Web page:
Why you can trust TechRadar We spend hours testing every product or service we review, so you can be sure you’re buying the best. Find out more about how we test.
As you can probably tell, messaging is important on the HTC Desire Z, with the keyboard providing the springboard for a large number of methods of communication.
The keyboard itself is pretty nice - we've mentioned the quality of it already, and we like the way the screen folds away to give just under a centimetre of clearance from the top row of keys.
The buttons themselves are more flat than rounded - in our tests, we found that this was something of a hindrance when it came to flat out typing.
The spacing between them is good, meaning there wasn't a lot of accidental wrong presses. However, the ease of hitting them meant we couldn't build up a good head of texting steam to get going on a longer email.
Initially we were annoyed that there was no predictive text correction on the physical keyboard, but further investigation showed that the predictive options could be enabled either through the menu or the XT9 function on the keyboard.
There are two function buttons on offer here, as well as large shift keys and a relatively big space bar - all quite easy to hit, although the function buttons aren't the easiest to hit.
There's also a rather nice addition of two keys that can be assigned a given function - this can be practically anything, from opening a specific web page to turning on a phone signal.
However, we felt this was actually a little redundant in practice, as we only performed a select number of options in keyboard-open mode, like emailing and text entry.
We found the best use is for copying or selecting text, and perhaps emailing a specific contact. If only the same keys were available shut mode.
The on screen keyboard is also pretty darn good, as it has eerie levels of predictive auto-correction - it's the same that's been offered on a number of HTC phones, and is as good as ever.
In fact, although the screen feels a little cramped, we used it a good 90% of the time in reality, as the convenience and ease of use was so great.
The optical trackpad on the front of the phone is a little redundant in our eyes, as you can easily select the correct amount of text using the touchscreen. Simply hold the section you want, and a magnifying glass pops up to let you select the correct space between letters.
The same option will let you select text, copy and paste, and look up via Google, Wikipedia, Translate and more. It's ace.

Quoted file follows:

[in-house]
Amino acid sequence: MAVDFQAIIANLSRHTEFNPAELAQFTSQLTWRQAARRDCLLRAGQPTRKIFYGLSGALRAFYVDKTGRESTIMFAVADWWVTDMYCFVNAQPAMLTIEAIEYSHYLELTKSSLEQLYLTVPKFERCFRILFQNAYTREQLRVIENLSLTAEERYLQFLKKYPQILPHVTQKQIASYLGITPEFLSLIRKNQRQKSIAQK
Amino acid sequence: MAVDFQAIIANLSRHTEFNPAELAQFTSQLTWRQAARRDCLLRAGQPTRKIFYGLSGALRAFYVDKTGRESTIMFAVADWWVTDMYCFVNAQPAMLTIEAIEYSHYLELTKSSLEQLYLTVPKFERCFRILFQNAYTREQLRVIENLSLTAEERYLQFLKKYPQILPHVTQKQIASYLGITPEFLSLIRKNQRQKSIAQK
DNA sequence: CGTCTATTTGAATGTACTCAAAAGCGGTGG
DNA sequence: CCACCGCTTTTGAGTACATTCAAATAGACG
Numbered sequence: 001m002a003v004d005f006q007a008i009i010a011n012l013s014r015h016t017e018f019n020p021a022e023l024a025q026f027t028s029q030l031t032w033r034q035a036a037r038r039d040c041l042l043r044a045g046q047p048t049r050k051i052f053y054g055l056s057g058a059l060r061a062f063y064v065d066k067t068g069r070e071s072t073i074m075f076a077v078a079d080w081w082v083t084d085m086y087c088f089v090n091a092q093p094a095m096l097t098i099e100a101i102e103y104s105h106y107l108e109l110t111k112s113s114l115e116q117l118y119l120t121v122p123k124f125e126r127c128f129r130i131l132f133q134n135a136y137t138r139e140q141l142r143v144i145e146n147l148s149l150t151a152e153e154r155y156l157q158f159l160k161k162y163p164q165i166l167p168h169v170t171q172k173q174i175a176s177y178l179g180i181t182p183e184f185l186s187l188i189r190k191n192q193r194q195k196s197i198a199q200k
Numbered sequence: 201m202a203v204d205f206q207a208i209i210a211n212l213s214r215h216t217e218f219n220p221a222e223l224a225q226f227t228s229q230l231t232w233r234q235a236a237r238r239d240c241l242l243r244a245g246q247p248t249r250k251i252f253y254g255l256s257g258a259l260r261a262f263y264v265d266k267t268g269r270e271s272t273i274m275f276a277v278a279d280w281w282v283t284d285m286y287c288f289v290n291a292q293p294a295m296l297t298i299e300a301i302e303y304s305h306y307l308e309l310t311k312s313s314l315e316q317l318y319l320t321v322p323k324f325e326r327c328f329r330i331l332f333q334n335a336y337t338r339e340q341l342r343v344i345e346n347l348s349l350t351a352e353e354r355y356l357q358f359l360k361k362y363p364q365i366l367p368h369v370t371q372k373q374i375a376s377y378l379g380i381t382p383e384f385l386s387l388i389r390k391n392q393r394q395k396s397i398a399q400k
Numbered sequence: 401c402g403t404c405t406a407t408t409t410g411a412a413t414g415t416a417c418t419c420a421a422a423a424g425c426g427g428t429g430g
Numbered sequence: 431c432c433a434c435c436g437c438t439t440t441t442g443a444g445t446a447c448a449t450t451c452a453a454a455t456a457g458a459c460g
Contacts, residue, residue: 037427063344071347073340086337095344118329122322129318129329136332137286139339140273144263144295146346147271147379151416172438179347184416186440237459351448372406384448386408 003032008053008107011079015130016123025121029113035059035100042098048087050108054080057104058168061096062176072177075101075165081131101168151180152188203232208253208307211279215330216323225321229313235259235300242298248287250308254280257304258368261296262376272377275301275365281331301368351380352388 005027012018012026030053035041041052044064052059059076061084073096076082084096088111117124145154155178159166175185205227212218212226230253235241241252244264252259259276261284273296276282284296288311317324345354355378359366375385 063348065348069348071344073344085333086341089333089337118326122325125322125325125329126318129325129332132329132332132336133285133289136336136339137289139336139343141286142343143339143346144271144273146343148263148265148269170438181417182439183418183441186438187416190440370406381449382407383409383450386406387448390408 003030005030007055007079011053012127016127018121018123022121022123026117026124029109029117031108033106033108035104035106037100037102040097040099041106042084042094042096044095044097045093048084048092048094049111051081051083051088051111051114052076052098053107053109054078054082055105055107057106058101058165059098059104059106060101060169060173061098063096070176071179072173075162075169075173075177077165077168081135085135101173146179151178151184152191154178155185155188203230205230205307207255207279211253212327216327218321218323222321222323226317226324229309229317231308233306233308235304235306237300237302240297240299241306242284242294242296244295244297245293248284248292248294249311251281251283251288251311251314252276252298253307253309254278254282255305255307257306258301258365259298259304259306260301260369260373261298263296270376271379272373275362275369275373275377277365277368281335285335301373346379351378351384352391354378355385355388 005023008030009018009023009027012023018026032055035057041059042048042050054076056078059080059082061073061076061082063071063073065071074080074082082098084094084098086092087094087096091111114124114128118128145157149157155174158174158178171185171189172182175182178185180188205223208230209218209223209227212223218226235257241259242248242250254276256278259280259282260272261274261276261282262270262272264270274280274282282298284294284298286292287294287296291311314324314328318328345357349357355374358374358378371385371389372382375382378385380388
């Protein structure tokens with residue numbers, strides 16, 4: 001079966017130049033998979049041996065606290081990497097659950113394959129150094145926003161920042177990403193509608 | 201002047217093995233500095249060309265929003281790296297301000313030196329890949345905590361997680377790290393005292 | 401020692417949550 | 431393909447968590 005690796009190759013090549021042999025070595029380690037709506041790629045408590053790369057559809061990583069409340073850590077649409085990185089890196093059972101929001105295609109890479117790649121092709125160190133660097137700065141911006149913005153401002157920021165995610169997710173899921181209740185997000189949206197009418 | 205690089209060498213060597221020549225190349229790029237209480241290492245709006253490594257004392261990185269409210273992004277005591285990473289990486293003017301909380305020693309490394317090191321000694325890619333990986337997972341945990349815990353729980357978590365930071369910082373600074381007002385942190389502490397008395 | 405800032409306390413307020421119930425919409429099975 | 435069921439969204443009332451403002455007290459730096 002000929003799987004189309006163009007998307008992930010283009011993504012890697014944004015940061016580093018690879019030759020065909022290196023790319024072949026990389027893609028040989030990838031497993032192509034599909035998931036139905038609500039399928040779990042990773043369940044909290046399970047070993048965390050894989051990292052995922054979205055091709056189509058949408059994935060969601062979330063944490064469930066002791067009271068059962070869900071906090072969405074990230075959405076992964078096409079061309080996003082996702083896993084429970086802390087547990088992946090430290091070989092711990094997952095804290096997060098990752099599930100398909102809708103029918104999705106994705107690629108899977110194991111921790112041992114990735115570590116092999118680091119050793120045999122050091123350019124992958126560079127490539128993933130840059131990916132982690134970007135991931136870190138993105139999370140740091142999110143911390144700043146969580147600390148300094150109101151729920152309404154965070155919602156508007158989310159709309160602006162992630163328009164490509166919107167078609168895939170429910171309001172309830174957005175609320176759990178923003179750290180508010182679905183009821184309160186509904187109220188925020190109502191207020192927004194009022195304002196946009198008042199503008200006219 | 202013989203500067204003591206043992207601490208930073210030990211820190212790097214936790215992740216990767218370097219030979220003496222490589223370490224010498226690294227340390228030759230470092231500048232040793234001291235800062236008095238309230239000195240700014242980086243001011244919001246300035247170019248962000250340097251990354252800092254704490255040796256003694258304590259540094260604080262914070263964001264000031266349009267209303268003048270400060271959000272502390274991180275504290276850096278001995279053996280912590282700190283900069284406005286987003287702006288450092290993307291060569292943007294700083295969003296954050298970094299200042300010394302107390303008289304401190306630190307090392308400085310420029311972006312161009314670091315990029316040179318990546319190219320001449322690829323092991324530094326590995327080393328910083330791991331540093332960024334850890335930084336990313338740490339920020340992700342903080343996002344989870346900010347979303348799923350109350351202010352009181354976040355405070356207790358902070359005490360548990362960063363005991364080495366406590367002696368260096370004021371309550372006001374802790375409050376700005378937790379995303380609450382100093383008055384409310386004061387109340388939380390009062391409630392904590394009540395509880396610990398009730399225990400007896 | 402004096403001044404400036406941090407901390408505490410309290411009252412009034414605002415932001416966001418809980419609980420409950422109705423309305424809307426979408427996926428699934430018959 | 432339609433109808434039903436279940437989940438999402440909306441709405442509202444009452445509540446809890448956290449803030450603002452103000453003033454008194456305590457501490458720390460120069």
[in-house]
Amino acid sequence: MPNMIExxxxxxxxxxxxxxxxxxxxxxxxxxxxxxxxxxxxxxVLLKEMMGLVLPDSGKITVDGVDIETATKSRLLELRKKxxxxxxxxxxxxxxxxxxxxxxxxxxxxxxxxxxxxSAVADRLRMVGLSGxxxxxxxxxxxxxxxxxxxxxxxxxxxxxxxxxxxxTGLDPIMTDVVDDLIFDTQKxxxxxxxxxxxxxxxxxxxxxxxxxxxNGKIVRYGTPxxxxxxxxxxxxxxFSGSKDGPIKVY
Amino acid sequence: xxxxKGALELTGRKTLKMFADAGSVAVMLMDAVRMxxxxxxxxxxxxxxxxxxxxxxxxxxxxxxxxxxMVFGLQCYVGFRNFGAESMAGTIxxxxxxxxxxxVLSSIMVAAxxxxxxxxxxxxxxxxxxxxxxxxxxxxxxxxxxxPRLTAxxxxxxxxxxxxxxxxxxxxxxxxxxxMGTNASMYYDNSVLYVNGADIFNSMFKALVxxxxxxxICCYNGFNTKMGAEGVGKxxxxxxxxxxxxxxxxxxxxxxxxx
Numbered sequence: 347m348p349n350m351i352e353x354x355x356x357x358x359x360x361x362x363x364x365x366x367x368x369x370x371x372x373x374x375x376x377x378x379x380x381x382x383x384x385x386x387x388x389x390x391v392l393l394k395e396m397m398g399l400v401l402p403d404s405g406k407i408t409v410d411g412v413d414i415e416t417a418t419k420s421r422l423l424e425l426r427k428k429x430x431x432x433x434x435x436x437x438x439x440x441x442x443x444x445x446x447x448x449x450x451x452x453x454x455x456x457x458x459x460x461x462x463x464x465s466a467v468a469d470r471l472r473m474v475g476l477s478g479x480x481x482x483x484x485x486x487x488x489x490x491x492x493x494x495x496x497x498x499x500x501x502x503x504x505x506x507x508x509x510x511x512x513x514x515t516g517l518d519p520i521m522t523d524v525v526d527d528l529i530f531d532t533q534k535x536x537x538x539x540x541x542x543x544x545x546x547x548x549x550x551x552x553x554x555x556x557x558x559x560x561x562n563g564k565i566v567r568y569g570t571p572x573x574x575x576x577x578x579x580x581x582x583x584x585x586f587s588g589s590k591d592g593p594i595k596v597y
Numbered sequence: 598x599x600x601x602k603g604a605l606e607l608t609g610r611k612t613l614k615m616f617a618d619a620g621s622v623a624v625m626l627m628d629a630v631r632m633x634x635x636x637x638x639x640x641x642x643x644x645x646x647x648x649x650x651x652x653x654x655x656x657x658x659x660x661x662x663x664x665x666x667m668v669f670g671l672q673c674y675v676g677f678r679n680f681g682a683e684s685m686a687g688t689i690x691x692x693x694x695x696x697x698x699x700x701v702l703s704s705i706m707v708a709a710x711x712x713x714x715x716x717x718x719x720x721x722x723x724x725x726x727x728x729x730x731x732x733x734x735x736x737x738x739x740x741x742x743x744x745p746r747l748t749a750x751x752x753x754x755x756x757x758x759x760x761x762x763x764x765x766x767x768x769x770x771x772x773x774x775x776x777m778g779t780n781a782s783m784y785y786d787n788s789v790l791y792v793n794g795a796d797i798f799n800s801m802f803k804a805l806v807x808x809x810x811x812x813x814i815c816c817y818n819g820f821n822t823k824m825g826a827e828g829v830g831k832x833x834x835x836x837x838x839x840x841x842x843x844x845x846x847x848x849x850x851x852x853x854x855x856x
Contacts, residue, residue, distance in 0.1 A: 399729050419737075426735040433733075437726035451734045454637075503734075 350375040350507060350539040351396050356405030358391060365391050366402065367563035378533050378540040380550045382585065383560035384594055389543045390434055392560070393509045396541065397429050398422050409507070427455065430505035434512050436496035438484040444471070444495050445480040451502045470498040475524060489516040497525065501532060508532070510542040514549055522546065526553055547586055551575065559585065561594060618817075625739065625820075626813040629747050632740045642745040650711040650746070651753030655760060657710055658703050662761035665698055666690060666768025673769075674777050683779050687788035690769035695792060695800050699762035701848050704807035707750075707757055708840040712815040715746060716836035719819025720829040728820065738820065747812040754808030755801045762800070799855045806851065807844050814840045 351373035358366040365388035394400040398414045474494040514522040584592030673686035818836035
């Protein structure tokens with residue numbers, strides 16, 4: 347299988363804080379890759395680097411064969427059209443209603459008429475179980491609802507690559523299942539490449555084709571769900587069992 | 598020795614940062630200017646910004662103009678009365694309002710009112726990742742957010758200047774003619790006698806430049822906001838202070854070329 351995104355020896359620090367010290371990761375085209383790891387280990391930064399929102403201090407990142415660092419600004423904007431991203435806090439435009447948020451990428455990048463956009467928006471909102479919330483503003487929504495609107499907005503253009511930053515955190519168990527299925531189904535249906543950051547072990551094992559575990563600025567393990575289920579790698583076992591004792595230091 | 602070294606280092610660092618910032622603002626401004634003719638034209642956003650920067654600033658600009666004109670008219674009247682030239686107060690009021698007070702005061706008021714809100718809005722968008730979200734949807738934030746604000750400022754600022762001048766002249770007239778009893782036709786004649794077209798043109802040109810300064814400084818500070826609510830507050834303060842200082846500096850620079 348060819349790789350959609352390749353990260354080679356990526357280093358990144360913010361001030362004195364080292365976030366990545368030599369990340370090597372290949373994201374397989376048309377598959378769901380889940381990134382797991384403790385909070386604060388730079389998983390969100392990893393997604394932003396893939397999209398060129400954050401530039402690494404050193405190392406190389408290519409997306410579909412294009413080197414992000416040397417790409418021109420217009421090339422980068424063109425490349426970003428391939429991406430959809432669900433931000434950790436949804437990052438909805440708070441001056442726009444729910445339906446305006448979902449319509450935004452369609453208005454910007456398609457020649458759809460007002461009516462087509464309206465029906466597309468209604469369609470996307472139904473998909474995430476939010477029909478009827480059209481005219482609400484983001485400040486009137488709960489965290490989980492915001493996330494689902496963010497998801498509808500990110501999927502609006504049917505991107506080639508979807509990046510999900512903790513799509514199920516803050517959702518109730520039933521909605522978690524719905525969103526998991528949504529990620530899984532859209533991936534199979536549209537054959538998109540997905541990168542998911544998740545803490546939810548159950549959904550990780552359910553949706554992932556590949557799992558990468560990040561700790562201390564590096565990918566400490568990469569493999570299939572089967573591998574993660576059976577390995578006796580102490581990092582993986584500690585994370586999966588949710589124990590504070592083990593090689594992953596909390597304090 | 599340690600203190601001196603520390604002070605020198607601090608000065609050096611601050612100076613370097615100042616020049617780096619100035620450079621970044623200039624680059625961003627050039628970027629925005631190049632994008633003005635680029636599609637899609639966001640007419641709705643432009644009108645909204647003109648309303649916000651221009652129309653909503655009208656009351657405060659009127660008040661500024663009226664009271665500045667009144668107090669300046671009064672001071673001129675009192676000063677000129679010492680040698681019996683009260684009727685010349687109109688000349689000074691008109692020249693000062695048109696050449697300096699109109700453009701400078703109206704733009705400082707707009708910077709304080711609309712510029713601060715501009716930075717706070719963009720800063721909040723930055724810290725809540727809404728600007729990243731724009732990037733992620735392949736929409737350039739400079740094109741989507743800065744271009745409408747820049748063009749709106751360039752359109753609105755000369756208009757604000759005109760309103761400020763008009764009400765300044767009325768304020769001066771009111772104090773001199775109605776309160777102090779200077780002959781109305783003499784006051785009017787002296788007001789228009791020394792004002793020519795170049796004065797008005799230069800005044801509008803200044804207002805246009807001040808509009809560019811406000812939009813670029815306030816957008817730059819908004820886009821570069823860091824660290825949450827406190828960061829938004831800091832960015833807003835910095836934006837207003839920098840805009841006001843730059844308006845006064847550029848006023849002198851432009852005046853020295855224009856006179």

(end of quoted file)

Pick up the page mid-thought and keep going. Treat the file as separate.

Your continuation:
This optical trackpad will also throw another surprise at you - it will glow around the edges when you have a message, which is really odd when there's a notification light that does the same at the top of the phone too.
The number of messaging options on the Desire Z is dizzying. Exchange email, webmail, IM (through Google Talk), SMS (made into MMS by simply hitting the paper clip to add in an item) are all supported, and Twitter and Facebook are also supported using the included apps.
Multiple email accounts in one inbox are supported here too, which is a nice touch - although if you've got a Gmail account and want to have it in there too, you'll need to switch off the main Gmail app, as otherwise you'll be getting double notifications every time a mail drops in.
Current page: HTC Desire Z: MessagingPrev Page HTC Desire Z: Calling and contacts Next Page HTC Desire Z: Internet
Gareth has been part of the consumer technology world in a career spanning three decades. He started life as a staff writer on the fledgling TechRadar, and has grown with the site (primarily as phones, tablets and wearables editor) until becoming Global Editor in Chief in 2018. Gareth has written over 4,000 articles for TechRadar, has contributed expert insight to a number of other publications, chaired panels on zeitgeist technologies, presented at the Gadget Show Live as well as representing the brand on TV and radio for multiple channels including Sky, BBC, ITV and Al-Jazeera. Passionate about fitness, he can bore anyone rigid about stress management, sleep tracking, heart rate variance as well as bemoaning something about the latest iPhone, Galaxy or OLED TV.